As catastrophic waters rise in Thailand, a writer examines the past and imagines the future

|     Ron Charles     |

WASHINGTON (The Washington Post) – Bangkok Wakes to Rain should come with a mop. This teeming debut novel by Pitchaya Sudbanthad recreates the experience of living in Thailand’s aqueous climate so viscerally that you can feel the water rising around your ankles.

But Sudbanthad’s skills are more than just meteorological. A native of Thailand now living in New York, he captures the nation’s lush history in all its turbulence and resilience. Even the novel’s complex structure reflects Bangkok’s culture. The chapters flow back and forth in time, in ways that may leave readers initially grasping for solid ground.

The earliest sections involve an American doctor working for a religious mission in 19th-Century Siam. He’s a reluctant volunteer, shocked by the primitive conditions and sceptical that these people will ever be brought to the light of science or the divine. His first reaction is to plead for a transfer away from this quagmire. “The waterborne city inspirits our undoing,” he writes to his brother back in New England. “Its fluvial systems – the natural ones and also the mesh of canals throughout the capital – carry to us miasmata that weaken the body.” His attitude toward the people is no less biased, dripping with the common racism of his time and station, “The Siamese as a race thrive in the aquatic realm,” he complains. “They live as if they have been born sea nymphs that only recently joined the race of man.”

How this doctor’s attitude will change over the years and how the city will evolve over the centuries are just two of the themes dissolved in this extraordinarily fluid novel.

Characters come and go, washed away by the tides of time, but at the centre of Bangkok Wakes to Rain remains a grand house built by the son of a labourer who founded a trading company and grew rich. We see this building with its flowery tiled ceiling in varying conditions in different periods. In one, it’s the home of a wealthy divorced woman who lives with a gathering of ghosts that only live music can exorcise. In another era, the house has been overtaken by a high-rise condo development – the facade of the original Sino-Colonial dwelling reduced to decoration in the glitzy new lobby. And later still, decades ahead in the 21st Century, the building is subsumed by the rising sea that has overwhelmed, but not snuffed out the capital.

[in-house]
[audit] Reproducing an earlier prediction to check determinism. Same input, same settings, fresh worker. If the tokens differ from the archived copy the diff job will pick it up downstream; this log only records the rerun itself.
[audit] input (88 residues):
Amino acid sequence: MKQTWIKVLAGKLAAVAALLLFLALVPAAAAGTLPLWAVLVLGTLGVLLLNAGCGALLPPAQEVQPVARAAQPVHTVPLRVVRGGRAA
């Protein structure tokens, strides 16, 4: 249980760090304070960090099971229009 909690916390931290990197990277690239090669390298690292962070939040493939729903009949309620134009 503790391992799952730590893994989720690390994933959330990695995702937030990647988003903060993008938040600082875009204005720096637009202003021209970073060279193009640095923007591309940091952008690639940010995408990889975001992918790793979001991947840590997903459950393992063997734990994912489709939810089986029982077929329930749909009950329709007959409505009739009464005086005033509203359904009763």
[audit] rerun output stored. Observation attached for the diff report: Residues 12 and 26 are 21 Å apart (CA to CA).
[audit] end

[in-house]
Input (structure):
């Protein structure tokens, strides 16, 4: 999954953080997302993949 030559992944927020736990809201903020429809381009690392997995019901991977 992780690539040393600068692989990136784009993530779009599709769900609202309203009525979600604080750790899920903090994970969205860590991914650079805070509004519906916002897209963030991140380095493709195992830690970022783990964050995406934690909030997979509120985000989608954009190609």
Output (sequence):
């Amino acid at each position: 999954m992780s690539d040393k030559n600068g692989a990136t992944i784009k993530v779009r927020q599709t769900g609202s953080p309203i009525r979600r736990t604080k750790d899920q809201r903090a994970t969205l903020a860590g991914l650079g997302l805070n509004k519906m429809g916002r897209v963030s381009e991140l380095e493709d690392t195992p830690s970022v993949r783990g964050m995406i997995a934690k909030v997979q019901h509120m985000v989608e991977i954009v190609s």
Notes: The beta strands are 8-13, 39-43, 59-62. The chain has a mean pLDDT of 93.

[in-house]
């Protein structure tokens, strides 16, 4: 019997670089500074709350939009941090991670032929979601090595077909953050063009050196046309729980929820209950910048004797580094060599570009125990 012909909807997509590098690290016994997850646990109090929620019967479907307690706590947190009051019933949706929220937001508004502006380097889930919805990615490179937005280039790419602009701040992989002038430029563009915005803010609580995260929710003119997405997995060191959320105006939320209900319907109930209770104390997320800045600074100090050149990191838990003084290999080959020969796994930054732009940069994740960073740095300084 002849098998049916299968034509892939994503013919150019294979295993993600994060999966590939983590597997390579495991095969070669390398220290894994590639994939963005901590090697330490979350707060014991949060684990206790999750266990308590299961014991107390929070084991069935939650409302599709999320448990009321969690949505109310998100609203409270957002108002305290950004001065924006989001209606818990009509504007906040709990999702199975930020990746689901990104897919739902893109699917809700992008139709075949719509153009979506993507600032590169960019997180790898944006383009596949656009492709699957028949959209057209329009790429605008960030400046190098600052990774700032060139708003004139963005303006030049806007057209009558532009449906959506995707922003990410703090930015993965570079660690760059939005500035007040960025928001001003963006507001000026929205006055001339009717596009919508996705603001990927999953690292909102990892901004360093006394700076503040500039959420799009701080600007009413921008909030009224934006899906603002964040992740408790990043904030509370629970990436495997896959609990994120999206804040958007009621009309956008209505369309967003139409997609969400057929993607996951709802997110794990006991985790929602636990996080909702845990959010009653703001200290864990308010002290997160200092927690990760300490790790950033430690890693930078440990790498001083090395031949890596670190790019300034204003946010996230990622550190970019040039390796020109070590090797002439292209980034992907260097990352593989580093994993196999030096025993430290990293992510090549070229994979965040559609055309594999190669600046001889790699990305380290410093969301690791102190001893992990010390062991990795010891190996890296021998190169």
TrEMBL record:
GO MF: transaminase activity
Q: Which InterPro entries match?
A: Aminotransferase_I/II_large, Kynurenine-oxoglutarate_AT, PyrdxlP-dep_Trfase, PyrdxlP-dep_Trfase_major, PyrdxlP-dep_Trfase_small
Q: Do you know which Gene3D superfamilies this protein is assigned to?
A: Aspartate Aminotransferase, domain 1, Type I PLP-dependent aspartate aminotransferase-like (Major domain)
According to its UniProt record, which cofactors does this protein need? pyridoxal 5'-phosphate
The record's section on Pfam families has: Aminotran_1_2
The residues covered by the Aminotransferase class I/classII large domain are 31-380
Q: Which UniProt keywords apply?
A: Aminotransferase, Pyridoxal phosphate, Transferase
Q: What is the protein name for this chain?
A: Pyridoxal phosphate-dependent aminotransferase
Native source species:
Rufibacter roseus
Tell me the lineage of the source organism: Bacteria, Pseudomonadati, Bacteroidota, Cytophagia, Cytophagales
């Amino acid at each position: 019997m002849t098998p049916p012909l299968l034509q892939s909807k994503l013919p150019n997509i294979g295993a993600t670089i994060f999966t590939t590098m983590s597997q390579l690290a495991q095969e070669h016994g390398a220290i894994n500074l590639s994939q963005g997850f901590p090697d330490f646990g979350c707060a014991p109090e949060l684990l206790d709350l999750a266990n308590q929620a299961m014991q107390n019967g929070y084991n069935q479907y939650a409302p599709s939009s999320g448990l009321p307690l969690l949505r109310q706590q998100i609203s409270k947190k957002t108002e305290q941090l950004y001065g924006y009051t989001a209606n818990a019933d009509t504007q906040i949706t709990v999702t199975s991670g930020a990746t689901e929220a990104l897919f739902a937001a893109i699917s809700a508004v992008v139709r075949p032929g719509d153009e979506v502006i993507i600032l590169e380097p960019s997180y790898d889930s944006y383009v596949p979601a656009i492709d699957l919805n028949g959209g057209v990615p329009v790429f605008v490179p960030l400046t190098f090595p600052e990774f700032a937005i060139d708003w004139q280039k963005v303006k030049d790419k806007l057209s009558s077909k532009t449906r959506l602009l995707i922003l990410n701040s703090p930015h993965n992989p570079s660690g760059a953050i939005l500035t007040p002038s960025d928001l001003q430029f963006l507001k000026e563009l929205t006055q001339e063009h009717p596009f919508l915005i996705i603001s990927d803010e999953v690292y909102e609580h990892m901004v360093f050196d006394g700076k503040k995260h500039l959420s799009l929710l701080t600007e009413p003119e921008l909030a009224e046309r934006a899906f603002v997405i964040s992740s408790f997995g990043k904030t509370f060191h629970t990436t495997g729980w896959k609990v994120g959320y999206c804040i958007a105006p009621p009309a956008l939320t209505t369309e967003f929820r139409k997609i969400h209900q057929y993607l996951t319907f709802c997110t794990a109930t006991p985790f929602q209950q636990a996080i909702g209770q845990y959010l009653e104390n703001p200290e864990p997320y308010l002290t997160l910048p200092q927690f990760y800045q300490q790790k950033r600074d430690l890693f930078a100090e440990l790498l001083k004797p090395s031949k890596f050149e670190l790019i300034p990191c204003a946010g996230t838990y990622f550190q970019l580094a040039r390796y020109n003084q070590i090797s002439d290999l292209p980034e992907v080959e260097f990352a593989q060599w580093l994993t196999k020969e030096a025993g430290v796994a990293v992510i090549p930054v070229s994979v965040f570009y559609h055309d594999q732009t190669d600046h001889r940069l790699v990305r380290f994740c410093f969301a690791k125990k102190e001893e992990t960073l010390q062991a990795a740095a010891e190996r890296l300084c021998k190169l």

The connections between these stories are sometimes clear, sometimes opaque, a structure that demands an extra degree of tolerance (a few brief chapters are told from the perspective of birds). But allow yourself to sink into that ambiguity, and you’ll find Bangkok Wakes to Rain entrancing. Individual incidents are dramatic and striking.

A substantial section involving two Thai sisters in the late 20th Century named Nee and Nok is among the best. Nee barely escapes the deadly repression of student protests in the 1970s, while Nok settles in Japan and opens a Thai restaurant. Two thousand miles away from home, she imagines she can just dabble with the ingredients of her native culture, but the moral burden of her past eventually finds her out.

Although Thailand is among the countries at greatest risk from the effects of global warming, it’s also among the places most familiar with flooding. That long experience may help the government respond, but the swelling climatic crisis will exacerbate other social and economic challenges, an eventuality that Sudbanthad explores as his novel moves into the future. Levies breach and foundations turn spongy. As we watch Bangkok grow into a spectacularly modern city, the old burdens of racism and class mutate into new toxins. The richest citizens can afford to float above the ever-rising sea, but they can’t escape the anxiety of their positions nor the germ of self-loathing. In one poignant story, a fifth-grade girl worries that the sun may darken her skin, while nearby her father, an esteemed plastic surgeon, carves the faces of Asian women into the Western ideals they crave.

“Anything has a way of disappearing,” one narrator says. In the final scenes – infused with futuristic technology for some and unfathomable suffering for others – we see a city racing to digitise itself, to transfigure people and objects into an incorporeal state beyond the water’s reach. It’s a vision oddly terrifying and ethereal, and another demonstration of this author’s extraordinary range, flowing gracefully from historical fiction to contemporary realism to science fiction.